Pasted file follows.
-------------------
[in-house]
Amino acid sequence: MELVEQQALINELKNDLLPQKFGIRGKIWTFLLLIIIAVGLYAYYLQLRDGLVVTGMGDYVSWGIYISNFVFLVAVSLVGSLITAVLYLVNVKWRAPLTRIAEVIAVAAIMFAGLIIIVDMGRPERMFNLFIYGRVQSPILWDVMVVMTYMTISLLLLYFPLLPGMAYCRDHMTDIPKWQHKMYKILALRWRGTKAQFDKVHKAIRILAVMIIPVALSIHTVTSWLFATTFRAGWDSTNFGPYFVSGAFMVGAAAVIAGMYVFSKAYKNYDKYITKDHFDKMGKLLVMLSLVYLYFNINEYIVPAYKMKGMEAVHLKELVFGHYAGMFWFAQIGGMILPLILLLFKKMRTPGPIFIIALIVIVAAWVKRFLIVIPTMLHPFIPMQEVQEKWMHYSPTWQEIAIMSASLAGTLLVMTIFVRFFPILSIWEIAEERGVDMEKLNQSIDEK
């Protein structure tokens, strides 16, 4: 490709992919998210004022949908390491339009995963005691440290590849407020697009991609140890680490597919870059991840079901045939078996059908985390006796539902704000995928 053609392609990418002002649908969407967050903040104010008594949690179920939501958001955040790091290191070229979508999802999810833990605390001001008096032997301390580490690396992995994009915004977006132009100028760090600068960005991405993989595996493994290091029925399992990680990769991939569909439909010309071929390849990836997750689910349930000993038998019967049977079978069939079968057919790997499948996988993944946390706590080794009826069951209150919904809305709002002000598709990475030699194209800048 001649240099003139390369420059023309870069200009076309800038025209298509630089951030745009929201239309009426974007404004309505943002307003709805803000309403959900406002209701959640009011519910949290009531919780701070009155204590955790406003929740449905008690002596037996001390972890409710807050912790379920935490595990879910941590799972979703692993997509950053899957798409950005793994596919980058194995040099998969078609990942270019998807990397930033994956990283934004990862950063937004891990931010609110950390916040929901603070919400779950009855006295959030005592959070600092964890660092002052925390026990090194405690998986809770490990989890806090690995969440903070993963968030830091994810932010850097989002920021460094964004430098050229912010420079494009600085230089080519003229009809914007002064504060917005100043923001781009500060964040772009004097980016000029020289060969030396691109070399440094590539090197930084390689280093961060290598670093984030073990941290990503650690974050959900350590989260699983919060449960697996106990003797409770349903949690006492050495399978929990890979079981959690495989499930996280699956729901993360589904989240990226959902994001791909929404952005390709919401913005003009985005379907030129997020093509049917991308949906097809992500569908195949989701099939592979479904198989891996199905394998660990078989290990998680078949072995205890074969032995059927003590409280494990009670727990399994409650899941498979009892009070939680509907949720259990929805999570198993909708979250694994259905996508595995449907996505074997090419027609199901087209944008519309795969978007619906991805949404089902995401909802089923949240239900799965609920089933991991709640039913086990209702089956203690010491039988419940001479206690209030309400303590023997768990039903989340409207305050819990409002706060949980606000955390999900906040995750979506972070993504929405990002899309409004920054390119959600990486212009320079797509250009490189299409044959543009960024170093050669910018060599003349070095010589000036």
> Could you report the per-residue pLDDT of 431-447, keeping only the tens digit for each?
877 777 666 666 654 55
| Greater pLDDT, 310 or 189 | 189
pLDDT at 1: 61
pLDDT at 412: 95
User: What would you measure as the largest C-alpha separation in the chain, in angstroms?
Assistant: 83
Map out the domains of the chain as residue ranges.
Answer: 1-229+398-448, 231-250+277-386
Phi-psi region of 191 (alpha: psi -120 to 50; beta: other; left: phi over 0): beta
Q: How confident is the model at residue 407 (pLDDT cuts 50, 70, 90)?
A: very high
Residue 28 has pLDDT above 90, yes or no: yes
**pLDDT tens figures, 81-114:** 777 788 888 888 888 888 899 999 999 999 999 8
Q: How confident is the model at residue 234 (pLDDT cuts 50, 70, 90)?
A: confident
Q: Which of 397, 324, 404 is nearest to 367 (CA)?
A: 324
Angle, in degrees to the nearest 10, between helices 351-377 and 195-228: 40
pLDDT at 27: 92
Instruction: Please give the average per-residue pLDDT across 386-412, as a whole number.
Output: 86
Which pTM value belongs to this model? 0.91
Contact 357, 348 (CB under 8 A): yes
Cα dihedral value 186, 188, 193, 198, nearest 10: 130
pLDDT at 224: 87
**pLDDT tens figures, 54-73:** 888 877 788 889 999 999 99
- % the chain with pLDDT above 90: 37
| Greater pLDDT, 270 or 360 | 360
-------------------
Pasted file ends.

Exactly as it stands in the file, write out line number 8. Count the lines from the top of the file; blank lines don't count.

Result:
pLDDT at 412: 95